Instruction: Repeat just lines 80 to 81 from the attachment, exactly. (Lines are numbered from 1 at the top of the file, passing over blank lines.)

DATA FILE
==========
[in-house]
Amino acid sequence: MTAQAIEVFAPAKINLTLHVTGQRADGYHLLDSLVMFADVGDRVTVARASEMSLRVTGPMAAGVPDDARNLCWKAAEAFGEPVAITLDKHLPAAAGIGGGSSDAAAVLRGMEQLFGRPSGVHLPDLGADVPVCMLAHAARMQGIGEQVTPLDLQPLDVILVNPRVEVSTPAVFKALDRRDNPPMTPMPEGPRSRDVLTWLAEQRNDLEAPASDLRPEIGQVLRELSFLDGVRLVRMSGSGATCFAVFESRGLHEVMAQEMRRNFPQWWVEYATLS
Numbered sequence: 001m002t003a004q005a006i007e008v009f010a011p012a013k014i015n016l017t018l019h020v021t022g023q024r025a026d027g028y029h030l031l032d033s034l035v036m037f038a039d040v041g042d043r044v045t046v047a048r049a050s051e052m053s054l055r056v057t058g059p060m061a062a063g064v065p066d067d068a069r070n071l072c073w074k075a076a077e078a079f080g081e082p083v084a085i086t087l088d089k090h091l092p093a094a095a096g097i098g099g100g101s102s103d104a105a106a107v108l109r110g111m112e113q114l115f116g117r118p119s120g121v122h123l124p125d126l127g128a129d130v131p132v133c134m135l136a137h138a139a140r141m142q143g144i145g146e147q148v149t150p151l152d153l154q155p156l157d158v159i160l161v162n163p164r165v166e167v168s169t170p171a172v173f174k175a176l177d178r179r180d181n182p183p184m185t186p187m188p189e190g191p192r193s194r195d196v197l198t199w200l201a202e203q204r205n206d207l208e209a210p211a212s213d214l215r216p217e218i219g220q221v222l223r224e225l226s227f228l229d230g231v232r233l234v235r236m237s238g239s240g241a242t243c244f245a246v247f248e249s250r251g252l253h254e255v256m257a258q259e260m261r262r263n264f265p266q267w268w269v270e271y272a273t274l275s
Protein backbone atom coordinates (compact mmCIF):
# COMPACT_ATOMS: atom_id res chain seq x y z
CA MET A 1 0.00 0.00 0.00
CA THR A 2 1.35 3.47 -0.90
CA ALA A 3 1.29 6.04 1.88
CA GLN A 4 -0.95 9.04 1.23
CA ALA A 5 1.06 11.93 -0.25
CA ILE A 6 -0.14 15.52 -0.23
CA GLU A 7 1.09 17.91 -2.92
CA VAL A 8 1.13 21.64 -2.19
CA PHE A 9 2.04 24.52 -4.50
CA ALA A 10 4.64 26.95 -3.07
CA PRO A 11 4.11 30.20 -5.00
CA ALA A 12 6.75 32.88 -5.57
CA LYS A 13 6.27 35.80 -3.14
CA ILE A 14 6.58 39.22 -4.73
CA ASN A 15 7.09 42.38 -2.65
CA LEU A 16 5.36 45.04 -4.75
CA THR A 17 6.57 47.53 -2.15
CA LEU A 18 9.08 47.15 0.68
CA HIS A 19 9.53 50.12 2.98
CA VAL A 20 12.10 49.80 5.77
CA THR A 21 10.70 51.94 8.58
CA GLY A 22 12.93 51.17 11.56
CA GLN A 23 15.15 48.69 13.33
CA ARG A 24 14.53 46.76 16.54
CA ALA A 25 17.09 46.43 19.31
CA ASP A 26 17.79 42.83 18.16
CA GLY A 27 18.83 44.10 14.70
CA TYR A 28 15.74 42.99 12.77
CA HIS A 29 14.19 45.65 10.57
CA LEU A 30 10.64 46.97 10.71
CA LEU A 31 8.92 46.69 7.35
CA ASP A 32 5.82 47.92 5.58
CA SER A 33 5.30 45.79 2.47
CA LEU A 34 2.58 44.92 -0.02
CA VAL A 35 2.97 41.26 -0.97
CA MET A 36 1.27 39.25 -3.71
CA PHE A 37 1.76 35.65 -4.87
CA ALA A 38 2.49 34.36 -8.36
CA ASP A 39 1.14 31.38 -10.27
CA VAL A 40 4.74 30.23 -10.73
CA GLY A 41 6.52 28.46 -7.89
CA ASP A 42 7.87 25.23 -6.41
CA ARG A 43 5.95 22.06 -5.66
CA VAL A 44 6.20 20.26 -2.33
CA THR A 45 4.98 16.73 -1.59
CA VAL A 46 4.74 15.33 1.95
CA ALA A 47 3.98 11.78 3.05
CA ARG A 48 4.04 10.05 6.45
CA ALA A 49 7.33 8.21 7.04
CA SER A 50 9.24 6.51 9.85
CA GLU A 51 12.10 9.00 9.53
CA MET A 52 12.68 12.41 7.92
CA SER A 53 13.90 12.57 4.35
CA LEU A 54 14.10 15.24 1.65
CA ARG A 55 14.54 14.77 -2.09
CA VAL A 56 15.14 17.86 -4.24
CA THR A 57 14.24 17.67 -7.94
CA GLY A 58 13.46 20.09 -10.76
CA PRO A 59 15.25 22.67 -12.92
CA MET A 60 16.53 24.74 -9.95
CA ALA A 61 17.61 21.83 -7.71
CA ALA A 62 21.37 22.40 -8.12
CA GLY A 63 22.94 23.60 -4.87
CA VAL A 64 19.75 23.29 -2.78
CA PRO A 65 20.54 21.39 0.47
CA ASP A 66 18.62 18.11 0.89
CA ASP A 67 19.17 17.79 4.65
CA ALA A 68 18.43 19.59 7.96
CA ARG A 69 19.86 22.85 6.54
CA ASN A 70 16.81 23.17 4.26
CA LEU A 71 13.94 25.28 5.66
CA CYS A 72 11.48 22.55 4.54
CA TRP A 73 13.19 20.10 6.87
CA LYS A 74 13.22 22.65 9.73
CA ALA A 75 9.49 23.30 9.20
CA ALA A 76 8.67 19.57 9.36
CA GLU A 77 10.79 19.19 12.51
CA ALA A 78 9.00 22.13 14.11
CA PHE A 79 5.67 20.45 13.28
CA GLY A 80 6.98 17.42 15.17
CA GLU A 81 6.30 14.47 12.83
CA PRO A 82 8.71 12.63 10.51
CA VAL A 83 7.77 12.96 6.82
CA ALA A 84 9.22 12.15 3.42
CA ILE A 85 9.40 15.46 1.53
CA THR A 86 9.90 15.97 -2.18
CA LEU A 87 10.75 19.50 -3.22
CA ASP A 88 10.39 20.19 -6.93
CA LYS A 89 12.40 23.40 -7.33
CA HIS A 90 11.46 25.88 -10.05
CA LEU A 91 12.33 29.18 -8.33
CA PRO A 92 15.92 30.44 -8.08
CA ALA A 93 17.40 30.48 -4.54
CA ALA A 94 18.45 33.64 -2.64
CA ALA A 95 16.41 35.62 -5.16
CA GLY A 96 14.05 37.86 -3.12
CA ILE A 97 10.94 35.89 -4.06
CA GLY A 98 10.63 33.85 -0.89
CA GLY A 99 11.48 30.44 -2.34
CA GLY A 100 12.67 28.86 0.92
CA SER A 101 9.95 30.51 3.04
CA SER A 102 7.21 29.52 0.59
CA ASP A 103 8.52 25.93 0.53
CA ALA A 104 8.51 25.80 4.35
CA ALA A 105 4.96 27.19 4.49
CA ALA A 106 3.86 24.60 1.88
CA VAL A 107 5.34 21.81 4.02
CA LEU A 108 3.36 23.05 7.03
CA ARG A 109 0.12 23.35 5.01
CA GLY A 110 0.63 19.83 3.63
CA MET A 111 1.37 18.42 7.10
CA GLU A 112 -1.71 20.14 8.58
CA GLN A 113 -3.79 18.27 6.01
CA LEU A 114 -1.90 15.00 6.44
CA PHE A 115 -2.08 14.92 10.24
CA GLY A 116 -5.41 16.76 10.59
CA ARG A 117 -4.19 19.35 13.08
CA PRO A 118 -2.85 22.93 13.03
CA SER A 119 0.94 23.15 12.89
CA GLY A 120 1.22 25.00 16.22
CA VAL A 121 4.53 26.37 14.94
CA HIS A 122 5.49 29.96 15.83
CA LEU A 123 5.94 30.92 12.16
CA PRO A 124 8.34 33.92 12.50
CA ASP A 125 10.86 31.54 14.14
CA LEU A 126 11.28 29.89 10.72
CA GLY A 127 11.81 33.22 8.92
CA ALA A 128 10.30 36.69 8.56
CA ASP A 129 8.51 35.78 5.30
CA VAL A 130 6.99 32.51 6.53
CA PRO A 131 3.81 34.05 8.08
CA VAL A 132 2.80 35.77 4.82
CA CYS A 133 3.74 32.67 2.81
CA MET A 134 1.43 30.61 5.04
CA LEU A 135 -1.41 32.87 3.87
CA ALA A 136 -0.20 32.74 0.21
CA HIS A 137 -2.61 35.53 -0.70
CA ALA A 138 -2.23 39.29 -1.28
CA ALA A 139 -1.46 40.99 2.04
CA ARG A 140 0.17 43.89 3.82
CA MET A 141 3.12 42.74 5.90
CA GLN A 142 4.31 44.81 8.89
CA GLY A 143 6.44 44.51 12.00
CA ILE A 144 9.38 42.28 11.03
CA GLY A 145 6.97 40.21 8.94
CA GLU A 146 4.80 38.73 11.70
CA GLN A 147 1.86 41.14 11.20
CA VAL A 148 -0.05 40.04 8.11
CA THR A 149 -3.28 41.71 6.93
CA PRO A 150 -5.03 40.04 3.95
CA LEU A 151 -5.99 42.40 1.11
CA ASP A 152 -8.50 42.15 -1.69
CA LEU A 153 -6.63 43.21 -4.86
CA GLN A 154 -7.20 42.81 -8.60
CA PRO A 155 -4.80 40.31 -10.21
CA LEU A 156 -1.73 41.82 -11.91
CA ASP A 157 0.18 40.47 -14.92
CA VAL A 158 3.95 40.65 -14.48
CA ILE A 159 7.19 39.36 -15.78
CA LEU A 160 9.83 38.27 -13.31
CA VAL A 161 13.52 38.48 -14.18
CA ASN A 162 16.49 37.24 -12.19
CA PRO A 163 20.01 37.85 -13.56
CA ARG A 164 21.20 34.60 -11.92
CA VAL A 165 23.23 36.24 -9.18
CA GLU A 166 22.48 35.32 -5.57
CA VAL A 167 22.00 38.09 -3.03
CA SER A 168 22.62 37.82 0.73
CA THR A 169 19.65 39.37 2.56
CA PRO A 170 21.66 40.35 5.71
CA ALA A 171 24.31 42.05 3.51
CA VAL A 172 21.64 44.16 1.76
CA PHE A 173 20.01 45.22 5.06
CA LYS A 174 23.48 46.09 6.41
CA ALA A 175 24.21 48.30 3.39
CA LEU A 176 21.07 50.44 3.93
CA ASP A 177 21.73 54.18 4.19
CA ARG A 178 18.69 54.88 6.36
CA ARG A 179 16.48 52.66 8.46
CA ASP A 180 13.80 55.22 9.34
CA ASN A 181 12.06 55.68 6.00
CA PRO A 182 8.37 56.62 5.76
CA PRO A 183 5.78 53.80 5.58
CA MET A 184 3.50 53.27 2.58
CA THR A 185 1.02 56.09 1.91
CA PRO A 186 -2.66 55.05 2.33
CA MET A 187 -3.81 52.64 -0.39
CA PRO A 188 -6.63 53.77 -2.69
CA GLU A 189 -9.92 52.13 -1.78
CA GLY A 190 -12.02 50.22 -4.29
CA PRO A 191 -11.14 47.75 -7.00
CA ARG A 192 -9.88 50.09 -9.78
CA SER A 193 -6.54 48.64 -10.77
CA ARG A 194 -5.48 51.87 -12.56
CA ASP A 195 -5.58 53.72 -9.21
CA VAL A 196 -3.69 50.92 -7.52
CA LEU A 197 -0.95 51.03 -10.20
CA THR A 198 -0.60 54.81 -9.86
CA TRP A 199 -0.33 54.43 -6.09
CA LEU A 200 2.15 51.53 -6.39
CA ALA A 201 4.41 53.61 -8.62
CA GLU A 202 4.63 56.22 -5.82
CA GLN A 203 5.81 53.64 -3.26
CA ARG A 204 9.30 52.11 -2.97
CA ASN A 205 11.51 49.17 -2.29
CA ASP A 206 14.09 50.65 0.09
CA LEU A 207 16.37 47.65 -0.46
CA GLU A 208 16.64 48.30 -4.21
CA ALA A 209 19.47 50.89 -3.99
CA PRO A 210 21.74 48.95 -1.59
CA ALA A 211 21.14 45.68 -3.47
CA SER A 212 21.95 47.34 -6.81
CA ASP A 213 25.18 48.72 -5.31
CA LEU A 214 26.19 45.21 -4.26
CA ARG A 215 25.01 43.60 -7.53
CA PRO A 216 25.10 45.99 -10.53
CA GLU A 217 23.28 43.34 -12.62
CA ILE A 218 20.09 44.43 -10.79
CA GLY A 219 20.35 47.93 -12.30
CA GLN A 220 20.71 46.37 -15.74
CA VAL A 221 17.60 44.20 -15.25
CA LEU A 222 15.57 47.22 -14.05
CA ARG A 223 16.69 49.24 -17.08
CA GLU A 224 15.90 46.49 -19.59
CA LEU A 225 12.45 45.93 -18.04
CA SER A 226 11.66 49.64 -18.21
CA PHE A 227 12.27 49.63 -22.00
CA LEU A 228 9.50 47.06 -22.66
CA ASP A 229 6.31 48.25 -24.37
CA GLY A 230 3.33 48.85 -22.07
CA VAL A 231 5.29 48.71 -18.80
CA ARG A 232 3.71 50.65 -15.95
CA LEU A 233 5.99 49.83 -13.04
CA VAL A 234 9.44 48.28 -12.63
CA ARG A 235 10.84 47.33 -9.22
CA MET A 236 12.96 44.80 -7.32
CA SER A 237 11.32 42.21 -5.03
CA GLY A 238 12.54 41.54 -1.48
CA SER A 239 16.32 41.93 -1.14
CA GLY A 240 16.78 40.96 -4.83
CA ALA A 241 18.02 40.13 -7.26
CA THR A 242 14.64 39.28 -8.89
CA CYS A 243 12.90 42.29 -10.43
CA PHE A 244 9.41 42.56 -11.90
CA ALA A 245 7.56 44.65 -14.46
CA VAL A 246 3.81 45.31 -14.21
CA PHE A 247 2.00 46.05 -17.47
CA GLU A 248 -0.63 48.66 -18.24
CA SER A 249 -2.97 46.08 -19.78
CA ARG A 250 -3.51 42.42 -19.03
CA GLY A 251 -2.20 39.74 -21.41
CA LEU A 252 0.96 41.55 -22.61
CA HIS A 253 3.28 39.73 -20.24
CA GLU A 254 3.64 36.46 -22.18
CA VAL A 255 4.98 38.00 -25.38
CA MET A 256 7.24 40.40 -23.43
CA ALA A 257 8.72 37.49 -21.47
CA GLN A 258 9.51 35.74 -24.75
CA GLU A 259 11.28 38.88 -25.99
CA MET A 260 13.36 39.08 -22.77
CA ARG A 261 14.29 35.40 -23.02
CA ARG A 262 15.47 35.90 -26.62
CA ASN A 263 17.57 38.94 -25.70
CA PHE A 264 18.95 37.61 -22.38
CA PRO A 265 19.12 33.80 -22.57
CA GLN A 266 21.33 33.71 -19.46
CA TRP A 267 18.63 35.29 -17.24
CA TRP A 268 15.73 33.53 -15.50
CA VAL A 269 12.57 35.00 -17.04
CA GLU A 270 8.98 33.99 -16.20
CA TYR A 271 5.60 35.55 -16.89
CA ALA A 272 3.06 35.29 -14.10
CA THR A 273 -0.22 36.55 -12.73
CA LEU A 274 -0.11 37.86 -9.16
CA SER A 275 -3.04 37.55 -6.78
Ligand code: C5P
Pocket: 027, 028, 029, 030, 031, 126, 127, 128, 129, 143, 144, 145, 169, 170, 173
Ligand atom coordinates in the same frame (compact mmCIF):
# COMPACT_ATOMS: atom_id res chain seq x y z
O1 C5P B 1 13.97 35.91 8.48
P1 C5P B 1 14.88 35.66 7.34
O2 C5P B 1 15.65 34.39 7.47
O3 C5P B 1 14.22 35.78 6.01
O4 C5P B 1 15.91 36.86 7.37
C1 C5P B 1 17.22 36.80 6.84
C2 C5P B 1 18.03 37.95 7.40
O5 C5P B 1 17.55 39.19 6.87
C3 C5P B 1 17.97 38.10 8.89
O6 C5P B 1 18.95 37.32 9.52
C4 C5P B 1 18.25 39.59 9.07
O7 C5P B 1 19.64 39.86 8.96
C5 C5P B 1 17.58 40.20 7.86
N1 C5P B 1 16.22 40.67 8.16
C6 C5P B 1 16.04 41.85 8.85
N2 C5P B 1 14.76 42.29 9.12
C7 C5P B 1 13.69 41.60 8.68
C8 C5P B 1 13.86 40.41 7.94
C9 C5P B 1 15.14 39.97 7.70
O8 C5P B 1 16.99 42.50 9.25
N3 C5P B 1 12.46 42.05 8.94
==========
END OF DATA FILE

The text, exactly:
CA ALA A 75 9.49 23.30 9.20
CA ALA A 76 8.67 19.57 9.36